Pain in the legs turns out to be a blessing for Bridgeville man
By Lynn R. Parks
Although he didn't think so at the time, Kyle Lucas was lucky that his legs started to hurt. Without that leg pain, which was caused by blockages in his blood vessels, he would not have been referred to vascular surgeon Farouk Marzouk. And without Dr. Marzouk, the aortic aneurysm that was growing in his belly and that was unrelated to his leg pain could have gone undetected until it ruptured. Only 10 percent of the people who have such ruptures survive them.
"I sure am glad," said Lucas, a 72-year-old retired welder who lives near Bridgeville. "If that aneurysm would have burst, I'd have been a goner. I'd say that Dr. Marzouk saved my life."
Marzouk is the new director of vascular surgery at Nanticoke Memorial Hospital in Seaford. (The body's vascular system is its arteries and veins.) He came to the hospital in September and brought with him the training necessary to do endovascular surgery, or minimally-invasive vascular surgery.
Instead of involving an incision from his breastbone to his pubic bone, Lucas' surgery meant just a small cut in his groin. "That traditional surgery is a huge surgery," Marzouk said. "You have a huge incision and you can get a lot of complications from that. It's painful to breathe, so you run the risk of pneumonia. You usually have a long stay in intensive care, part of a week to 10 days in the hospital."
The minimally-invasive surgery, on the other hand, means only a two- to three-day stay in the hospital, usually after one day in intensive care. "You get the same good results as with the traditional surgery, and the complications are way less," Marzouk said.
Since his arrival at Nanticoke, Marzouk has done three endovascular procedures to remove aortic aneurysms. While none has been an emergency situation, he said, all, including Lucas', were urgent.
Lucas first saw Marzouk in October. He had been under treatment for leg pain for about a year and the medicine he was taking wasn't working.
Marzouk prescribed an x-ray of Lucas' vascular system to look for blockages in the arteries that lead to the legs. When he looked at the pictures of Lucas' veins and arteries, he saw a few blockages. He also saw the aneurysm.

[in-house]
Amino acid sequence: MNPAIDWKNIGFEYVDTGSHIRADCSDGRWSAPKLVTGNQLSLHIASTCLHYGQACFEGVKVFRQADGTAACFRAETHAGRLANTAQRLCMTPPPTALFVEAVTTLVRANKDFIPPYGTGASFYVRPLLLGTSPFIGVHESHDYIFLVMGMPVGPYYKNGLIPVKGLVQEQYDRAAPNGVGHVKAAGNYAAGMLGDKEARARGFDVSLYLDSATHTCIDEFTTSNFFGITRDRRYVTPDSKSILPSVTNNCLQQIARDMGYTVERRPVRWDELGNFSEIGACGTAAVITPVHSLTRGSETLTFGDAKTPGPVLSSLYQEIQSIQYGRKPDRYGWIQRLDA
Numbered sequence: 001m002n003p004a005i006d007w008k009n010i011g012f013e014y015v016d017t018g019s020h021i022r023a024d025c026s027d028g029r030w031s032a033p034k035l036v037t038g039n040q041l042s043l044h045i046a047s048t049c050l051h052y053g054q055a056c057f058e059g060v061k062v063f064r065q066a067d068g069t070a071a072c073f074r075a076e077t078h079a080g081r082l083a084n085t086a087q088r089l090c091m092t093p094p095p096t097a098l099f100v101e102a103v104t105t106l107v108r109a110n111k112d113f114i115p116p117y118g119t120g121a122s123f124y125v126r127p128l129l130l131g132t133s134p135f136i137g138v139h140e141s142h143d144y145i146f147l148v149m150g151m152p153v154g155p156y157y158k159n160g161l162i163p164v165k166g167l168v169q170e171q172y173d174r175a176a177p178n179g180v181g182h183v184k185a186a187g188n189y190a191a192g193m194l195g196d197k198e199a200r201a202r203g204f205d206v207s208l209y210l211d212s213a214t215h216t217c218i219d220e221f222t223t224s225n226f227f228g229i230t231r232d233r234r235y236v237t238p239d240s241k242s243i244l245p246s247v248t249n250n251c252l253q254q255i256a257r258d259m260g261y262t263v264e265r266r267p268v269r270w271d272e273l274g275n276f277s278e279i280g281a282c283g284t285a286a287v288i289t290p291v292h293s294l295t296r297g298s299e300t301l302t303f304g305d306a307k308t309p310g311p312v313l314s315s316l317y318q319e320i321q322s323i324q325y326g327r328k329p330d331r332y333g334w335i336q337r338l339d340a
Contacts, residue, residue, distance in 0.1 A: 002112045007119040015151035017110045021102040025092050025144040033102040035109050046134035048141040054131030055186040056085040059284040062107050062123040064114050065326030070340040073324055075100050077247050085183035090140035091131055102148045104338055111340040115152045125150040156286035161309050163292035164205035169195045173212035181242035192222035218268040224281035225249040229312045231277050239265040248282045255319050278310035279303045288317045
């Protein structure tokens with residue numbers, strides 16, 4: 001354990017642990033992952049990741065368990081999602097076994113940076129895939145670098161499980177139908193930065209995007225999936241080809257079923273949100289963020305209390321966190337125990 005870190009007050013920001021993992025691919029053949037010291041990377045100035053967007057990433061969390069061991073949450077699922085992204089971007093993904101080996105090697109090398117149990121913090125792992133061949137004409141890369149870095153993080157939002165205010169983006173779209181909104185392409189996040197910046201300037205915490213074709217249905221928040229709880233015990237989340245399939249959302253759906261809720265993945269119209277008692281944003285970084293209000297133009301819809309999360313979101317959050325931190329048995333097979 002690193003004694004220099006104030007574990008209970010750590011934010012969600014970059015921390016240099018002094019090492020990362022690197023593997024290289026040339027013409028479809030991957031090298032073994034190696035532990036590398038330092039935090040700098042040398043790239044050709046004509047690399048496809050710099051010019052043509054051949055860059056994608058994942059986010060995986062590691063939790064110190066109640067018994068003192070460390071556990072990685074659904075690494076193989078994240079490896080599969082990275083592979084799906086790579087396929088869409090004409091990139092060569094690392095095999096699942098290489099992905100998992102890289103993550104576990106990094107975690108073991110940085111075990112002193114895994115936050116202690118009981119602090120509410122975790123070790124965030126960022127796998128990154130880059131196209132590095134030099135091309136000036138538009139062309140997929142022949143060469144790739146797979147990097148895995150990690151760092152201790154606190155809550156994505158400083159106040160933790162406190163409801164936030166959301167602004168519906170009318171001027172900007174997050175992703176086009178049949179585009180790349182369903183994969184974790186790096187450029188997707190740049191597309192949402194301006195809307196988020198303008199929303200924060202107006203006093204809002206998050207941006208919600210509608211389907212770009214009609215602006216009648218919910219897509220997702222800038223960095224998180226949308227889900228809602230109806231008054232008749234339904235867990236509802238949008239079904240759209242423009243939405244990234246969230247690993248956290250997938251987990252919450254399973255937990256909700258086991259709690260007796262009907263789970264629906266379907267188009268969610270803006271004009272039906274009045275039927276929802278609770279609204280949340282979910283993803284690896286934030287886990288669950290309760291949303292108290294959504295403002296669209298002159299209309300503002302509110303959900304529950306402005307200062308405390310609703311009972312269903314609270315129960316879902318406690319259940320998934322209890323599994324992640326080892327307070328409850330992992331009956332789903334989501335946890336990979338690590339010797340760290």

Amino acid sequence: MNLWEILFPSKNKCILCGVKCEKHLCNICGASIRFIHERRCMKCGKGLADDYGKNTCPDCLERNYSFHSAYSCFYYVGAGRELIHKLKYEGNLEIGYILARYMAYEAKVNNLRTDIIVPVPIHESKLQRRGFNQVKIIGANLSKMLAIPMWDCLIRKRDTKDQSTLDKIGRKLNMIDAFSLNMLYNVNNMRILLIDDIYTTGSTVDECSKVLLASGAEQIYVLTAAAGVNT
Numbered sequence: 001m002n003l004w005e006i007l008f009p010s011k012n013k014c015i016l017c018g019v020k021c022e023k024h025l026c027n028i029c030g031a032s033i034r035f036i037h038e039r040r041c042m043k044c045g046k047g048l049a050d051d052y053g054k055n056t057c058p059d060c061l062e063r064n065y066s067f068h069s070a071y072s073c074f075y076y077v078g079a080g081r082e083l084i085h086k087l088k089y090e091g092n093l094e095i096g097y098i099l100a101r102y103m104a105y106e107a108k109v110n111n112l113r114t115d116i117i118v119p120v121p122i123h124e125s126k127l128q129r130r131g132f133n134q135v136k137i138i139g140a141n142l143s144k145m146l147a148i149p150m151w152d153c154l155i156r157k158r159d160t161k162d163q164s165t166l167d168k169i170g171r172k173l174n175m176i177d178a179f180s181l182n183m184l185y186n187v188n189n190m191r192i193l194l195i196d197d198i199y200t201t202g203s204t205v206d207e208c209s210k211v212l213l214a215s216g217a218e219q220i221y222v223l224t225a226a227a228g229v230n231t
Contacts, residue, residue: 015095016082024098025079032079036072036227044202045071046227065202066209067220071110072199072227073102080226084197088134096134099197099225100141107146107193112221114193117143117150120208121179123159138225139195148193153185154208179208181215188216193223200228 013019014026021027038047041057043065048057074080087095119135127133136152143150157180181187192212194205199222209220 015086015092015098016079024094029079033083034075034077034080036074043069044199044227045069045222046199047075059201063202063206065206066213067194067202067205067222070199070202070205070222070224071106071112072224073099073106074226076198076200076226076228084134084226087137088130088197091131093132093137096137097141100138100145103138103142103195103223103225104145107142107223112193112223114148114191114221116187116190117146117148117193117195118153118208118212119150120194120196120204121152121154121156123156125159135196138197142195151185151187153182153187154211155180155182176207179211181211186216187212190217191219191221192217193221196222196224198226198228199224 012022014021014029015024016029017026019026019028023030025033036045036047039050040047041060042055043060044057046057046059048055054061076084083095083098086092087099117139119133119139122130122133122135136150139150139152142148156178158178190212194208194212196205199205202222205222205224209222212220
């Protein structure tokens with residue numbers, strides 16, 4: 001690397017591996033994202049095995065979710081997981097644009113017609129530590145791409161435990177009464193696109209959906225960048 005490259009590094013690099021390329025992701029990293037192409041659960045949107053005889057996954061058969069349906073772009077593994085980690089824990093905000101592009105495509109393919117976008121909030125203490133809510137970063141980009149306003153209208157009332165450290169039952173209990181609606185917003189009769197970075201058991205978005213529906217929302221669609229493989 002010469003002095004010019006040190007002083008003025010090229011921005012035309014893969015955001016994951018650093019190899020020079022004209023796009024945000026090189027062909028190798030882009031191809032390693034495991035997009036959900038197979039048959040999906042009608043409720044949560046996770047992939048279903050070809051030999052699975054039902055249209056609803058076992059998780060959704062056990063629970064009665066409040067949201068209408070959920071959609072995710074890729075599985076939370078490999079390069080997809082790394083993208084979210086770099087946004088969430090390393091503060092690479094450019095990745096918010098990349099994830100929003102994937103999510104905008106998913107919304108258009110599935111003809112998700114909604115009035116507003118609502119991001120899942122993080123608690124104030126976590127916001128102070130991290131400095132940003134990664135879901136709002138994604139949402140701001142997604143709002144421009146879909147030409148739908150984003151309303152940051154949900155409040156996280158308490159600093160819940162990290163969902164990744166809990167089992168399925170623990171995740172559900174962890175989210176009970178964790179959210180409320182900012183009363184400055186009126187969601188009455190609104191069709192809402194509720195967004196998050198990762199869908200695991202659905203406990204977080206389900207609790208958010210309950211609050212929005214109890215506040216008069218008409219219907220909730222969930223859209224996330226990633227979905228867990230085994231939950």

"An aneurysm is like a balloon in the aorta," Marzouk said. "It expands over the years. When we find one, we usually watch it until it gets to be 5 centimeters, then take it out because of the danger of rupture."
When Marzouk found Lucas' aneurysm, it was already 8.5 centimeters (3.3 inches). Surgery was scheduled for the next day. The aneurysm was located in Lucas' abdominal aorta. It was beneath his kidney and just above the point at which the abdominal aorta splits into two branches to supply blood to the legs.
During the surgery, Marzouk used a catheter and wires to push a stent, shaped like an upside-down Y, through an incision in Lucas' groin to the spot of the aneurysm. The catheter was about the width of the point on a pen; the stent, made of specialized fabric and springy steel, was compressed to also be that size.
When it was in place, the stent expanded to match the width of the abdominal aorta and the two branches. The leg of the Y matched up with the main aorta; each of its branches matched up with a leg aorta.
Marzouk positioned the leg of Lucas' new stent so that it passed right through the aneurysm. Now, blood flows through the stent instead of through the aneurysm, taking pressure off the walls of the aneurysm and eliminating the risk of a rupture. The remains of the aneurysm will be slowly absorbed by the body with no side effects, Marzouk said.
During the surgery, Marzouk also removed the blockages that were causing Lucas' leg pain. The surgery lasted about four hours, he said; surgery just to remove an aneurysm would last about two and a half hours.
Lucas spent two days in intensive care. He left the hospital four days after his surgery.
"I feel real good, excellent," Lucas said. "Especially considering how I felt before. My legs were getting worse and worse." Marzouk said that endovascular technology was developed in the late 1990s. He studied it as a resident at the New York Medical College in Westchester, N.Y., and during a fellowship in vascular surgery at Staten Island University Hospital in New York City.
"It's truly an amazing technology," he said. "You really can do a lot with catheters. I predict that 10 years from now, we will do everything with a little hole, a catheter and some wire."
For your information The office of Dr. Farouk Marzouk is in the vascular center at Nanticoke Memorial Hospital. For details, call 629-0452.
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